Wednesday, October 24, 2018
   
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Rosemary

rosemaryRosemary (Rosmarinus officinalis) is an evergreen perrenial shrub that is native to the Meditarrenean coast.  It is a hardy, drought tolerant plant that can tolerate a range of soil pH. Cape Mountain OIls produces two kinds of rosemary essential oils:  Tuscan Blue (cineole) and a standard Officinalis (verbenone). The demand for the verbenone variety is strong and we are expanding our production in this area. The plants have dense and pretty blue flowers that are a favourite of the honey bees. 

 





Rosmarinus officinalis is a hardy perrenial plant that can be densely cultivated in the field.  South African estimates of yield are at 12 000 plants per hectare with a plant material yield of 2,4 tones per harvest.  Harvesting can occur several times per year.  The oil is characteristically camphoraceous, containg varying levels of cineole, pinene, camphor and camphene, linalool and terpineol.  Oil yield is expected to be around 1 %.





tuscan blue


1.     TUSCAN BLUE (cineole):   Tuscan Blue is in truth a variety of Officinalis, but it has a distinctive shape and oil.  The plant tends to grow upright, sending long branches upwards with little side spreading unless topped and pruned.  The branches become thicker and woodier over time, reducing the yield and making harvesting more difficult.  The growth after pruning is soft and green, with higher yields of oil.  Propogation from cuttings is relatively easy, and mortality in the field is low, although we found initial take-off growth to be surprisingly slow.  The oil of Tuscan Blue tends to be softer and slightly less camphorous than the ordinary Officinalis.  The oil is highly corrosive and care must be taken in bottling as the oil is destructive if left in contact with plastic.  Yield is average (around 0.3 %), but regrowth is rapid and harvestng can take place relatively often.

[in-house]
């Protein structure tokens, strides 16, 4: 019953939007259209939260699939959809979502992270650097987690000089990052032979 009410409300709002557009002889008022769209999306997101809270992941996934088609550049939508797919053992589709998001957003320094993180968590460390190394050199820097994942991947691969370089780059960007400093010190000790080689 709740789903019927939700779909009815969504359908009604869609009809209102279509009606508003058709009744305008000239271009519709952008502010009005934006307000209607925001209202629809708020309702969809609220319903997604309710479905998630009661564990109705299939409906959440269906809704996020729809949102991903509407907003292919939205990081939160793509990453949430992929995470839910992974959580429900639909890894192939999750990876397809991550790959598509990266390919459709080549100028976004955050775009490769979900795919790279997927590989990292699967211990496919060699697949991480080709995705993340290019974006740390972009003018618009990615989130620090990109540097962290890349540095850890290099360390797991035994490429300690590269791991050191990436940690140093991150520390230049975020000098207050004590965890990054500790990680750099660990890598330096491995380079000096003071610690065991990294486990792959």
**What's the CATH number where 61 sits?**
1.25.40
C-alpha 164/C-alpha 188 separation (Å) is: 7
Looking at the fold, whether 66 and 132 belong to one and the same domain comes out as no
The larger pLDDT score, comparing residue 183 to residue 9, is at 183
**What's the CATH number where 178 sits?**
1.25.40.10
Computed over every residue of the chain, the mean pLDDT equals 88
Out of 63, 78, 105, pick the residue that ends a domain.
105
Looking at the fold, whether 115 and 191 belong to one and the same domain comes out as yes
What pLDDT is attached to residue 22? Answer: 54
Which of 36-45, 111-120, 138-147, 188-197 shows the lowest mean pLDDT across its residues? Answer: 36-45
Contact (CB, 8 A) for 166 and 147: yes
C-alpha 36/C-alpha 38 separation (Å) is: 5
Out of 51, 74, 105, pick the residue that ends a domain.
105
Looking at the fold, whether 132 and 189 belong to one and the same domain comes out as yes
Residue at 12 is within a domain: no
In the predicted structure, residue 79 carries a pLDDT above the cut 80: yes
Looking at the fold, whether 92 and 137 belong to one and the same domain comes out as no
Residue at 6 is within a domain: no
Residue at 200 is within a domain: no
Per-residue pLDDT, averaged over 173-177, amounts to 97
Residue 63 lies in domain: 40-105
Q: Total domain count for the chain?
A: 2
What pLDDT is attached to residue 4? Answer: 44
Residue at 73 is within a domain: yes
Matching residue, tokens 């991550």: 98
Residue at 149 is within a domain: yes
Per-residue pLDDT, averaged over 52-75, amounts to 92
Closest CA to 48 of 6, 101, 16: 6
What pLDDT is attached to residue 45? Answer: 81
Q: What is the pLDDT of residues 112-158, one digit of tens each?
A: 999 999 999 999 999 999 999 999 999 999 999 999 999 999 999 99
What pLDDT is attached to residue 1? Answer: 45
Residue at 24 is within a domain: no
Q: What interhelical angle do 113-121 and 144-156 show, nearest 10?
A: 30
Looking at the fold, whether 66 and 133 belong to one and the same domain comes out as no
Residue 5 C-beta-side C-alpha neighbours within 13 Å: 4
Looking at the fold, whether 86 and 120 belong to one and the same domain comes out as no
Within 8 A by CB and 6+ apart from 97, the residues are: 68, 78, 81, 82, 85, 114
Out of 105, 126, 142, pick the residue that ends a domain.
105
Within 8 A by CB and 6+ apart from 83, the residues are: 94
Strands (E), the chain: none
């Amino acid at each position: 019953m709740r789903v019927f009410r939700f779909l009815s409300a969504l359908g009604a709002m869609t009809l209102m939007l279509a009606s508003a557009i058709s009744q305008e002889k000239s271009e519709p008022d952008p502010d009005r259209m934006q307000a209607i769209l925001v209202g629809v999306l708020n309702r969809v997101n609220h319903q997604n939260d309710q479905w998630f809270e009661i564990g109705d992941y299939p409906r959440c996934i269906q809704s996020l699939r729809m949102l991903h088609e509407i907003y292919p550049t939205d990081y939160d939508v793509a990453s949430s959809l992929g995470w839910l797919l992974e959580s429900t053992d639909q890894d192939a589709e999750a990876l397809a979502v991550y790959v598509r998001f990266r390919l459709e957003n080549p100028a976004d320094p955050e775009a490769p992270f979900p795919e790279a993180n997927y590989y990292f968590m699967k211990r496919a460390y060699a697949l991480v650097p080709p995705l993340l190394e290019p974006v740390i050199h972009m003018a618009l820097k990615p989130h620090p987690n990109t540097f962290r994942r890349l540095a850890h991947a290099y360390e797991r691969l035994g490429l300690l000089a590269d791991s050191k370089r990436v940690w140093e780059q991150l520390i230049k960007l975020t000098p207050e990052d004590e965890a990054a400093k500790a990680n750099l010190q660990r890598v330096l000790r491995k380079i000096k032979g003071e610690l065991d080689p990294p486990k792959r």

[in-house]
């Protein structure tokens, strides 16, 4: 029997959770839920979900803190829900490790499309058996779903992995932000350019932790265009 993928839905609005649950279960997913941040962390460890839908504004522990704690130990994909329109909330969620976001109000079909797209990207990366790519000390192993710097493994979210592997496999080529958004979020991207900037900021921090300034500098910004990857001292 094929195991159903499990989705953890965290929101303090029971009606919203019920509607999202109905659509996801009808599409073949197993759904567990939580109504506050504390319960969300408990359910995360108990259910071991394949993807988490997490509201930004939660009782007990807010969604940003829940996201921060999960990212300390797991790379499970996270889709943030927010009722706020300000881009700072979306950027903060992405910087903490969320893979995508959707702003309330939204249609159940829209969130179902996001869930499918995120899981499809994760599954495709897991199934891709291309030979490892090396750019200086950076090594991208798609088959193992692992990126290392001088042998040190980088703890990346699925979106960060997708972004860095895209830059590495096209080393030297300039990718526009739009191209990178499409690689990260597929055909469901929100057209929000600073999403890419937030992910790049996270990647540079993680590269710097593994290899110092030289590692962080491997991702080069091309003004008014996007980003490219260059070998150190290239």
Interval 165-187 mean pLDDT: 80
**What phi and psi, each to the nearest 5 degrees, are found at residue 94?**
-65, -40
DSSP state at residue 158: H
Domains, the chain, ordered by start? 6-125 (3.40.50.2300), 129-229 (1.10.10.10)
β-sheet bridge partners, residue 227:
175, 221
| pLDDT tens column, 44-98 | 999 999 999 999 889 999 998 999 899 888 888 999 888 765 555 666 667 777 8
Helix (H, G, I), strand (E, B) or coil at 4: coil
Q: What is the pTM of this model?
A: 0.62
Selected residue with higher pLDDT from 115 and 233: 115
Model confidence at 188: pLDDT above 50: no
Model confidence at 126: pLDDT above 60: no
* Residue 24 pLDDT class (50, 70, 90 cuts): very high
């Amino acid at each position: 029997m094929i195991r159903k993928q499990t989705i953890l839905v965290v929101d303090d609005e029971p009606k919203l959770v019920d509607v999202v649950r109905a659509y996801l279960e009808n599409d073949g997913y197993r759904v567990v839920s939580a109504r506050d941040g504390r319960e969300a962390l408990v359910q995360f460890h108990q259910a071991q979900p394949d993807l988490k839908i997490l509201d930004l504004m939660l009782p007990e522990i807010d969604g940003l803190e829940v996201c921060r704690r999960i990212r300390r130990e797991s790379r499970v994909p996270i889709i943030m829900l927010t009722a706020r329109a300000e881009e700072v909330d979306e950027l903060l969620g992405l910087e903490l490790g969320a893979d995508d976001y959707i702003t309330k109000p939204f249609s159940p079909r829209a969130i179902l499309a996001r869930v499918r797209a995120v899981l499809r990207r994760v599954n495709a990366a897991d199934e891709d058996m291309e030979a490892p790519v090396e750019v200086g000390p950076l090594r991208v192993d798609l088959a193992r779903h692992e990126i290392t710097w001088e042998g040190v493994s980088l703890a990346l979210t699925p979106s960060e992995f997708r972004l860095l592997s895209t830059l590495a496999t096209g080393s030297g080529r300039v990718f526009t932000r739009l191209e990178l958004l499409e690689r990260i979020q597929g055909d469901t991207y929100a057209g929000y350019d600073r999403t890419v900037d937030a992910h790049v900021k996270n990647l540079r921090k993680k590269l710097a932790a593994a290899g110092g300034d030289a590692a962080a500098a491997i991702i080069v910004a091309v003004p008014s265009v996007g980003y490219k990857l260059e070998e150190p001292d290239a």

2.    OFFICINALIS (verbenone):  this rosemary is the standard essential oil rosemary.  It is a squat plant that grows laterally, forming a fairly low bush that will have long side shoots.  The branches do not thicken as quickly as with Tuscan Blue, but if not harvested the plant will become increasingly woody, losing its green growth.  growth after harvesting is fairly rapid, with soft green shoots remaining in place for several months before hardening.  Propogation from cuttings is straightforward and mortality in the field is low, although a lack of harvesting results in woodiness and a decline in plant health.  The oil is corrosive.  Yield is the same as for Tuscan Blue, but the oil has a higher camphorous element.


The composition of our rosemary officinalis oil is as follows:


Pinene-alpha 18.17
Pinene-beta 4.09
Limonene 4.58
Cineole-1,8 8.02
Linalool 2.28
Camphor 11.34
Camphene 6.95
Borneol 3.68
Terpinen-4-ol 1.36
Carophyllene-beta 0.98
Verbenone 7.47
Bornyl acetate 14.94



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